one that knew courtship too well, for there he
fell in love. I have heard him read many
lectures against it; and I thank God, I am not
a woman, to be touched with so many giddy
offences as he hath generally taxed their whole
sex withal.
Orl. Can you remember any of the principal
evils that he laid to the charge of women?
Ros. There were none principal; they were
all like one another as half-pence are; every one
fault seeming monstrous till his fellow fault came
to match it.
Orl. I prithee, recount some of them.
Ros. No, I will not cast away my physic, but
on those that are sick. There is a man haunts
the forest, that abuses our young plants with
carving 'Rosalind' on their barks; hangs odes
upon hawthorns, and elegies on brambles; all,
forsooth, deifying the name of Rosalind: if I
could meet that fancy-monger, I would give him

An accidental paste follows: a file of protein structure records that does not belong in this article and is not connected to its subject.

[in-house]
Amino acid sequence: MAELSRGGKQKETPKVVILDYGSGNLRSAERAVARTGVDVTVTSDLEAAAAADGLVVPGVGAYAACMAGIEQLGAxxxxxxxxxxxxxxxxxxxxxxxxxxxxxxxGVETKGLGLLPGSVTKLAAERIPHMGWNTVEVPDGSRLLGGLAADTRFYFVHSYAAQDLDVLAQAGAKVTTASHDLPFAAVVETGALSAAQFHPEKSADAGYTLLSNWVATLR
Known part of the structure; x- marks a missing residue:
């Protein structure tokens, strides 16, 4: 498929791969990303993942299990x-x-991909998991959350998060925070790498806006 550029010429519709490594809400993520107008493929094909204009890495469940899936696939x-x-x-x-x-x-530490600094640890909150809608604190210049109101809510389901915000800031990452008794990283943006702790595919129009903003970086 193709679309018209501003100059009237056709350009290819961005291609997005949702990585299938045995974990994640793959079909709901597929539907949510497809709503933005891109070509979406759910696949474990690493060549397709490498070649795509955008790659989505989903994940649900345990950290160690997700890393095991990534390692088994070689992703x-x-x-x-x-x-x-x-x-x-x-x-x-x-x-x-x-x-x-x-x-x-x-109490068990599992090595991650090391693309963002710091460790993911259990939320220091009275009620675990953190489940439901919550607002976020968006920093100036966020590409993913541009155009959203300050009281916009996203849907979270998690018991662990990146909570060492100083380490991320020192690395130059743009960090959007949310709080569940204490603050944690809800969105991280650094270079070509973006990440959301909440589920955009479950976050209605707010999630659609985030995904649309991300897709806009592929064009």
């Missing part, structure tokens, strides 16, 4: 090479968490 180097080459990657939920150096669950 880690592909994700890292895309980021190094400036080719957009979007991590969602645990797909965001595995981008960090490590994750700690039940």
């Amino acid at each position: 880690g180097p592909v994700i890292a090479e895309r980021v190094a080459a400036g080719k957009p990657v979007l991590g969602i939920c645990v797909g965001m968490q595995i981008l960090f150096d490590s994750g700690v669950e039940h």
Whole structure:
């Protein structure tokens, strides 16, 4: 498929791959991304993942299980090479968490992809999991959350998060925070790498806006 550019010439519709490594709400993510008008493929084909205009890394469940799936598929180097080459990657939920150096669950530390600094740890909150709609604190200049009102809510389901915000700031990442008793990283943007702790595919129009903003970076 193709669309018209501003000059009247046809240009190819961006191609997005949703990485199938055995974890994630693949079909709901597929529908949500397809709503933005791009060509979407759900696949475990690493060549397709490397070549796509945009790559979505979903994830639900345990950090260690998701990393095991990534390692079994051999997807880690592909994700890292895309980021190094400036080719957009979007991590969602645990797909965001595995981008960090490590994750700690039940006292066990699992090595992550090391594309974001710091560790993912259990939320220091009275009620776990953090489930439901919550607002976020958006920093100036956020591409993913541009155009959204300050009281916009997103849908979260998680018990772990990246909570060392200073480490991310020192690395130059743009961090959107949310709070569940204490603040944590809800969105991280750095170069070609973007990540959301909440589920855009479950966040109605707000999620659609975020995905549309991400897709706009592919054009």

some good counsel, for he seems to have the
quotidian of love upon him.
Orl. I am he that is so love-shaked. I pray
you, tell me your remedy.
Ros. There is none of my uncle's marks upon
you: he taught me how to know a man in love;
in which cage of rushes I am sure you are not
Orl. What were his marks?
Ros. A lean cheek, which you have not; a
blue eye and sunken, which you have not; an
unquestionable spirit, which you have not; a
beard neglected, which you have not: but I
pardon you for that, for, simply, your having in?
beard is a younger brother's revenue. Then,
your hose should be ungartered, your bonnet
unhanded, your sleeve unbuttoned, your shoe
untied, and everything about you demonstrating
a careless desolation. But you are no such man:
you are rather point-device in your accoutre-
ments; as loving yourself than seeming the lover
of any other.
Orl. Fair youth, I would I could make thee
believe I love.
Ros. Me believe it! you may as soon make her
that you love believe it; which, I warrant, she is
apter to do than to confess she does; that is
one of the points in the which women still give